Two additional coping strategies that defy exact classification into engagement and disengagement coping strategies are: (a) seeking religion and (b) acceptance (of condition, reality, responsibility for condition's management and treatment, future outcomes, etc). These two strategies suggest both recognition of the eventuality of facing a life-threatening disease as well as limited effort to directly influence its outcome. They are, therefore, discussed separately.
Seeking religion. Seeking comfort in, or actively relying on, religion and praying for reversal of the disease course has been reported to be more common among late stage cancer groups (Gotay, 1984). It has been found to be related to: (a) higher scores on mental health and psychological well-being (Ell et al., 1989) and (b) better adjustment to the medical aspects of cancer (Merluzzi, & Martinez-Sanchez, 1997). However, it has also been related to poorer perceived quality-of-life (Wagner et al., 1995). Searching for meaning in religion was also found to be independent of levels of well being (as an indicator of an affective state) in a sample of German survivors of cancer (Filipp et al., 1990). Finally, other researchers (e.g., Berckman & Austin, 1993) failed to find any relationship between measures of psychosocial adjustment and measures of cognitive control including those of prayer and accepting God's will.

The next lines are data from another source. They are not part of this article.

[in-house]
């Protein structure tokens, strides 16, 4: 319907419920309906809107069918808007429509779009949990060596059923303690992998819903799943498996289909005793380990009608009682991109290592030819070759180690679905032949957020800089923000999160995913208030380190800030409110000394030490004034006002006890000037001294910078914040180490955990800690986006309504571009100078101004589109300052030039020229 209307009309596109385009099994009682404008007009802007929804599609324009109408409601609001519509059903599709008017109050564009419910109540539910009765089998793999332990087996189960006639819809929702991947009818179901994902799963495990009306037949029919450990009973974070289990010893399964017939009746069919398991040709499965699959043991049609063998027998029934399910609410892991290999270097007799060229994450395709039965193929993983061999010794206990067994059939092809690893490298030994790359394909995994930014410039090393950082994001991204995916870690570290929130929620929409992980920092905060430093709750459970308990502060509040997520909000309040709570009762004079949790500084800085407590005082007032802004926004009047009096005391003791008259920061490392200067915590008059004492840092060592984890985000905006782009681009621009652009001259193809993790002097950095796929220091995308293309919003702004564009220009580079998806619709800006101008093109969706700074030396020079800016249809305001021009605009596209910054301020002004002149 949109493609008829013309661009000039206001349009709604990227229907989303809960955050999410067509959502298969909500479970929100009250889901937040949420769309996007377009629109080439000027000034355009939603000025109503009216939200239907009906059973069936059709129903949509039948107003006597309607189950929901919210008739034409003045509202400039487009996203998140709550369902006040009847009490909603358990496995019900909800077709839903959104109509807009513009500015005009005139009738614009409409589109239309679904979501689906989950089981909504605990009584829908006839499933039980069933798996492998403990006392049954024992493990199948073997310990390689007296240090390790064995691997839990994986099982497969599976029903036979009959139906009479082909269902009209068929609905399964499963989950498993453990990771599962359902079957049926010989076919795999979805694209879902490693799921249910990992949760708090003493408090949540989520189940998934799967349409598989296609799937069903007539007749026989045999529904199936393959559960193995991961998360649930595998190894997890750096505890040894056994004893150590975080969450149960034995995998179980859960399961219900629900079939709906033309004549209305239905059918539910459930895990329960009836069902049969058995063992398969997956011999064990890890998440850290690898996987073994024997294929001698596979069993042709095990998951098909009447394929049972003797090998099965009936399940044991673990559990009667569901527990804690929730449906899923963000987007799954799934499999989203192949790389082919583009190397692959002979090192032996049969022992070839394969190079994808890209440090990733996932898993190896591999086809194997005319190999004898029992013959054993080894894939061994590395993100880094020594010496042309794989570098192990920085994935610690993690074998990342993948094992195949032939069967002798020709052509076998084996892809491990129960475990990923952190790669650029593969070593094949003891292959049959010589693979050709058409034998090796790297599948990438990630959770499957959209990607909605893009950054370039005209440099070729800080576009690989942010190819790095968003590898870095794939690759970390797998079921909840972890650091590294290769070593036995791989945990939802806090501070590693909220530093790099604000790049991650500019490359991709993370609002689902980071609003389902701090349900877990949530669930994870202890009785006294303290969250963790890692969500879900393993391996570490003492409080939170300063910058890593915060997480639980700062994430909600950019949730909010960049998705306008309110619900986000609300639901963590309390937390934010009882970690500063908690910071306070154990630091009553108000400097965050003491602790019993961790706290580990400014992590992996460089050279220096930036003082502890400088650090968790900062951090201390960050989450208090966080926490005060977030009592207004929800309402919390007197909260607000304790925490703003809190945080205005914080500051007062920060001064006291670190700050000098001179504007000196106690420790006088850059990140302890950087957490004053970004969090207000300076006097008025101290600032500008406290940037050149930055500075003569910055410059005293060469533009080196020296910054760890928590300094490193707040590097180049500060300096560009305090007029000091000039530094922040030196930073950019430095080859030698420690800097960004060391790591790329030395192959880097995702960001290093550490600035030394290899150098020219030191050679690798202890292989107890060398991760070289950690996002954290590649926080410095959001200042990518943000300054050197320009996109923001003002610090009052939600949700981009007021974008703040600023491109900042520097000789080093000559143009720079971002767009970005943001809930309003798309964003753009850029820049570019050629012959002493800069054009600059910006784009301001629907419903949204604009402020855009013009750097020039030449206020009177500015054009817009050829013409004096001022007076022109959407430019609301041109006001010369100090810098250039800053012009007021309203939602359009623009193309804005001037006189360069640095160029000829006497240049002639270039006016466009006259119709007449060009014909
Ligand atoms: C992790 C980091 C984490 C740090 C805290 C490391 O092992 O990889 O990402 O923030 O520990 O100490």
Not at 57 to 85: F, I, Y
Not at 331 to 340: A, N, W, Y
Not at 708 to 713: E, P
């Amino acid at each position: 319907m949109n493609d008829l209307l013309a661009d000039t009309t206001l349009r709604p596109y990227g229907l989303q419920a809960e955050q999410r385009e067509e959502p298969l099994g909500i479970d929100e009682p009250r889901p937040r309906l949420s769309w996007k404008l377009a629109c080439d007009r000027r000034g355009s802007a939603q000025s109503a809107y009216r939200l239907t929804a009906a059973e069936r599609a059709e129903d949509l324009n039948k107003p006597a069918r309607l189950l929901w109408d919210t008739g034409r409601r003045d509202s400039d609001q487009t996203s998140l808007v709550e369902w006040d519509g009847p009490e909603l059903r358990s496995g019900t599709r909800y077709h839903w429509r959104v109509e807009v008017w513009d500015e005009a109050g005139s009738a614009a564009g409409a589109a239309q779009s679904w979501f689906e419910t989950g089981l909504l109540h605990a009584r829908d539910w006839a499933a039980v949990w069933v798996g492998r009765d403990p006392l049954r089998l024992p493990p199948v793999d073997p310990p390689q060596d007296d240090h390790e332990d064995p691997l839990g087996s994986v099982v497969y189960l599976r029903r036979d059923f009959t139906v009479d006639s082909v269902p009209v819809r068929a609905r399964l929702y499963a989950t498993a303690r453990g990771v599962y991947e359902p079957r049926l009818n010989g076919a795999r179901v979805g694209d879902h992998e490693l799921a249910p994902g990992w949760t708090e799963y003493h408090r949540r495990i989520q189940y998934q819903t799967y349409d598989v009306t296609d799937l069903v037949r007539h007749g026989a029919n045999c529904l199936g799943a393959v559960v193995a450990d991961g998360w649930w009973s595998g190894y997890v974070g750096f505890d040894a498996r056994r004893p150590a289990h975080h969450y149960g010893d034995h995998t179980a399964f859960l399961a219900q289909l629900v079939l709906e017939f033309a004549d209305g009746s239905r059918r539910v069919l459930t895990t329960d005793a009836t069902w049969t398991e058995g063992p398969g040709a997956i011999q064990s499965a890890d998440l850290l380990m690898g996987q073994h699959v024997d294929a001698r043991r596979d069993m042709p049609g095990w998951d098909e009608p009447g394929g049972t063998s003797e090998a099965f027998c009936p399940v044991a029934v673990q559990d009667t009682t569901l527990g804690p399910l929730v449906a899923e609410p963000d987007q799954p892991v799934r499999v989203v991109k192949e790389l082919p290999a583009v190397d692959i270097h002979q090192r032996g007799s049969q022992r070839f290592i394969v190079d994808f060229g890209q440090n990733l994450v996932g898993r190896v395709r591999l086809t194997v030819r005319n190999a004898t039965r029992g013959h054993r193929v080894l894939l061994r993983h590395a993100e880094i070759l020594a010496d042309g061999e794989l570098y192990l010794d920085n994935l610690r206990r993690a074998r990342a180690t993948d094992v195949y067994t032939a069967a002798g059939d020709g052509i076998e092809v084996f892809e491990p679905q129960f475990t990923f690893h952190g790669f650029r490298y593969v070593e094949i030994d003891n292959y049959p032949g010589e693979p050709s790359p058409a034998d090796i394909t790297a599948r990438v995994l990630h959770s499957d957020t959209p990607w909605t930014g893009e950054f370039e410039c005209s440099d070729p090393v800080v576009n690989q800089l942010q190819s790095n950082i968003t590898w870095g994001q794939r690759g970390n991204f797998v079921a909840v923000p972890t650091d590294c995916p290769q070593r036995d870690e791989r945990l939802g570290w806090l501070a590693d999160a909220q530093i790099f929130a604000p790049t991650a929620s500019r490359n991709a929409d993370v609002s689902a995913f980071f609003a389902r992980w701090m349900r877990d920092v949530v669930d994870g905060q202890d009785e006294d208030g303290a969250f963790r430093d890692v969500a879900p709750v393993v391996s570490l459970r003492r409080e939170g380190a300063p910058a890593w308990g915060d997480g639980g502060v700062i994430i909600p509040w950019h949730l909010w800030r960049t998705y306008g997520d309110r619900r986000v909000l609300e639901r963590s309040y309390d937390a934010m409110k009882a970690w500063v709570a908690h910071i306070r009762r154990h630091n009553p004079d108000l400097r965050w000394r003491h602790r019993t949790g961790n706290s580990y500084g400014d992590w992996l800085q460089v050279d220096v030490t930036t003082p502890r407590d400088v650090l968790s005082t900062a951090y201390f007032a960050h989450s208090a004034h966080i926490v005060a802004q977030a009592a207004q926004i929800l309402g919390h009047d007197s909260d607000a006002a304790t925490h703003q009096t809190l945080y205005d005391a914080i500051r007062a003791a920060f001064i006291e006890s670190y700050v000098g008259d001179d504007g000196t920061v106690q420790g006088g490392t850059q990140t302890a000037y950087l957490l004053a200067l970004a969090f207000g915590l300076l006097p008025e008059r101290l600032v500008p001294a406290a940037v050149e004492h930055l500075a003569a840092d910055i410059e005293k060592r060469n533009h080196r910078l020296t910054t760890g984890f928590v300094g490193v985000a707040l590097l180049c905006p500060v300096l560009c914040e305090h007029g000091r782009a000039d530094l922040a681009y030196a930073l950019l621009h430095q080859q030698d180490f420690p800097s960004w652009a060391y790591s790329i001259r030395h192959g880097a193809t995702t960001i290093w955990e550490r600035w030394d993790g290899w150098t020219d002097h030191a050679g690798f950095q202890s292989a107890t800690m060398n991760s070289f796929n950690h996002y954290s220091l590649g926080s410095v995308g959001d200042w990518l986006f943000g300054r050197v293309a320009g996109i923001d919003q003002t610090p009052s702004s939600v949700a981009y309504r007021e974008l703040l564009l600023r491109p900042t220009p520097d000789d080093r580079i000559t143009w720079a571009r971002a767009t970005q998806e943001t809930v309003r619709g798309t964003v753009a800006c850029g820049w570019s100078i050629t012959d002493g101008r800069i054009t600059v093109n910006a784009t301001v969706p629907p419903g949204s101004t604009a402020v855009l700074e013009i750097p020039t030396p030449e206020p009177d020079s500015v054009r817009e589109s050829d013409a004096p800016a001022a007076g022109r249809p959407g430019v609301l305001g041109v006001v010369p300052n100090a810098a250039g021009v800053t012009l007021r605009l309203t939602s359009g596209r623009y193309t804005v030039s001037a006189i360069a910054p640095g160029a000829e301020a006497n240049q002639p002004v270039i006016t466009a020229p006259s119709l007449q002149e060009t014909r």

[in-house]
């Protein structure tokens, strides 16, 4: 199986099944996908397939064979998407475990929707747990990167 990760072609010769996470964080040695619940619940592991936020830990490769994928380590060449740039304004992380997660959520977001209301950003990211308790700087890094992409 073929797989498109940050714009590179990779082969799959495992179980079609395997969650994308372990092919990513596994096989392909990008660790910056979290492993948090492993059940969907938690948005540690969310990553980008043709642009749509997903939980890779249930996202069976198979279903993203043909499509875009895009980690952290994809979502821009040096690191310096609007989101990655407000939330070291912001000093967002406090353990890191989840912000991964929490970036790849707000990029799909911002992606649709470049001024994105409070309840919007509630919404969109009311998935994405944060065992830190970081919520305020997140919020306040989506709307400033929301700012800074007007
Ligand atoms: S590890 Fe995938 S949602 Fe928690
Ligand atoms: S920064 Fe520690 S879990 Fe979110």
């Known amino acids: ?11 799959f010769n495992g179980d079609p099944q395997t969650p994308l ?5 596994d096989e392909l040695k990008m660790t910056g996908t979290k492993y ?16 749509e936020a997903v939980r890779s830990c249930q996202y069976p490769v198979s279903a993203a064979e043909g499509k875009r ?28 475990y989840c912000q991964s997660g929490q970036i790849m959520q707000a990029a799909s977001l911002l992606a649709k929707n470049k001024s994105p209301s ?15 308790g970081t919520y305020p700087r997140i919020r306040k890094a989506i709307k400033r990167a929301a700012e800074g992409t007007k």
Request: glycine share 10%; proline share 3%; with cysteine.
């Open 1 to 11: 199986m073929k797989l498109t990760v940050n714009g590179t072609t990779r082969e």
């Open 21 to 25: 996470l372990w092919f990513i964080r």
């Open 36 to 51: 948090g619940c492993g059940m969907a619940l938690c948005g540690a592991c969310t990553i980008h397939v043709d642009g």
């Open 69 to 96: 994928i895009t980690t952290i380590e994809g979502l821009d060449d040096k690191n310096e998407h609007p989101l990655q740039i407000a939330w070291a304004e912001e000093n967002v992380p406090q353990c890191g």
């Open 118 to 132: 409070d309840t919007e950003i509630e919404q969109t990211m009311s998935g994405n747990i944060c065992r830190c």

Acceptance. Acceptance of one's condition, including the reality of its implications, learning to live with it, and at times, its irreversible course, has been found to be a common coping strategy among people with cancer (Berckman & Austin, 1993; Carver et al., 1993). It has been linked to lower psychosocial distress in one study (Carver et al., 1993). More frequently, though, it has been linked to (a) higher short-term mood disturbance and state anxiety (Watson et al., 1984), (b) increased depression and anxiety (Parle et al., 1996), (c) increased psychosocial distress (Miller et al., 1996), and (d) decreased feelings of well-being (Miller et al., 1996).
- Livneh, Hanoch; Psychosocial Adaptation to Cancer: The Role of Coping Strategies; Journal of Rehabilitation; April-June 2000; Vol. 66, Issue 2
Coping with Advanced Cancer
- National Cancer Institute. (2014). Coping with Advanced Cancer. U.S. Department of Health and Human Services.
Reflection Exercise #5
The preceding section contained information
regarding specific strategies for coping with cancer. Write three
case study examples regarding how you might use the content of this section in
Online Continuing Education
19 What is the major difference between engagement and disengagement coping strategies? Record the letter of the correct answer the CE Test.